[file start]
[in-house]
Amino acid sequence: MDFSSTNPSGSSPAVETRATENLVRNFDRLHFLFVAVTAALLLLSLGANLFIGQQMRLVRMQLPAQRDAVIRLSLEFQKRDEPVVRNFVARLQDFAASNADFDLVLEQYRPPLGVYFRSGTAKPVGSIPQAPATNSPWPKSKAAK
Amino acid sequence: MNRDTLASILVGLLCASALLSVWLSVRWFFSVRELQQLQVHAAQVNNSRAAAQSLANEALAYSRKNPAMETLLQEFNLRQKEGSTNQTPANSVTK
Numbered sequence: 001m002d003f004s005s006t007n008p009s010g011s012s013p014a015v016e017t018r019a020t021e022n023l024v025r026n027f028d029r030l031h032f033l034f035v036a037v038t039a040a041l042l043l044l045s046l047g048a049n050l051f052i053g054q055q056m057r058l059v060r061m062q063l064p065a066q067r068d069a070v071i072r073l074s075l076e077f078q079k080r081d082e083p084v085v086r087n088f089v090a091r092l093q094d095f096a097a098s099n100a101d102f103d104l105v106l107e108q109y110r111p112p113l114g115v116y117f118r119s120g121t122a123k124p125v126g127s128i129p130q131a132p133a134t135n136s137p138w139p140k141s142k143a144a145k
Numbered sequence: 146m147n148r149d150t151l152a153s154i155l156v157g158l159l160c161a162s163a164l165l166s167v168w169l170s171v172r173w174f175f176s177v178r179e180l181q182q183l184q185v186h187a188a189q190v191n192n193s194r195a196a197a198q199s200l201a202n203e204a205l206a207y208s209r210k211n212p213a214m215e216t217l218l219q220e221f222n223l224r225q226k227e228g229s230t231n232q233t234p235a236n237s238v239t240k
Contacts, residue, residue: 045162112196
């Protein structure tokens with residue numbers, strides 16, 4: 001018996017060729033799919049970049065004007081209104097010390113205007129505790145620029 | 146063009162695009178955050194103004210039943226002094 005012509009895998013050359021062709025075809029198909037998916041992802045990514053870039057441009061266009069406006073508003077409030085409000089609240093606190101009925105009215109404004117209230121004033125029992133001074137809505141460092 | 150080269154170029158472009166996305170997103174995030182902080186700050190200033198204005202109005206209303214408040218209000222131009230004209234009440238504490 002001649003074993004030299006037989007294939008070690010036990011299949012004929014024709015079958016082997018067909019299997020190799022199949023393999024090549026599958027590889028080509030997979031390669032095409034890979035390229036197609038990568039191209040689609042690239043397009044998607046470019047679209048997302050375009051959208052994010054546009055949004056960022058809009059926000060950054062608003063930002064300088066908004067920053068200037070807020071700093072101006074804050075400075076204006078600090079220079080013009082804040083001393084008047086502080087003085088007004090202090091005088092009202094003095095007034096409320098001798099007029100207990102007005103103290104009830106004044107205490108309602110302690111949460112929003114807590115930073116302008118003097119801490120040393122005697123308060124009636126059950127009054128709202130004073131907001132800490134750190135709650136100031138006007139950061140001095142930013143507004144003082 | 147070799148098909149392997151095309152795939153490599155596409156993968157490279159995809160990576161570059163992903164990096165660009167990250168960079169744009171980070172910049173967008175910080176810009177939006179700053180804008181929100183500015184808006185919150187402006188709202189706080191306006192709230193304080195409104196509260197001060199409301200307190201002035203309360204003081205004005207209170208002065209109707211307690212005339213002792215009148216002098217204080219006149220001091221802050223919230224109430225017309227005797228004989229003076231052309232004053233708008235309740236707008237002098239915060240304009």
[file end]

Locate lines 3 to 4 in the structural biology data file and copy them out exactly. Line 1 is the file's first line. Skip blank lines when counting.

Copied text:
Amino acid sequence: MNRDTLASILVGLLCASALLSVWLSVRWFFSVRELQQLQVHAAQVNNSRAAAQSLANEALAYSRKNPAMETLLQEFNLRQKEGSTNQTPANSVTK
Numbered sequence: 001m002d003f004s005s006t007n008p009s010g011s012s013p014a015v016e017t018r019a020t021e022n023l024v025r026n027f028d029r030l031h032f033l034f035v036a037v038t039a040a041l042l043l044l045s046l047g048a049n050l051f052i053g054q055q056m057r058l059v060r061m062q063l064p065a066q067r068d069a070v071i072r073l074s075l076e077f078q079k080r081d082e083p084v085v086r087n088f089v090a091r092l093q094d095f096a097a098s099n100a101d102f103d104l105v106l107e108q109y110r111p112p113l114g115v116y117f118r119s120g121t122a123k124p125v126g127s128i129p130q131a132p133a134t135n136s137p138w139p140k141s142k143a144a145k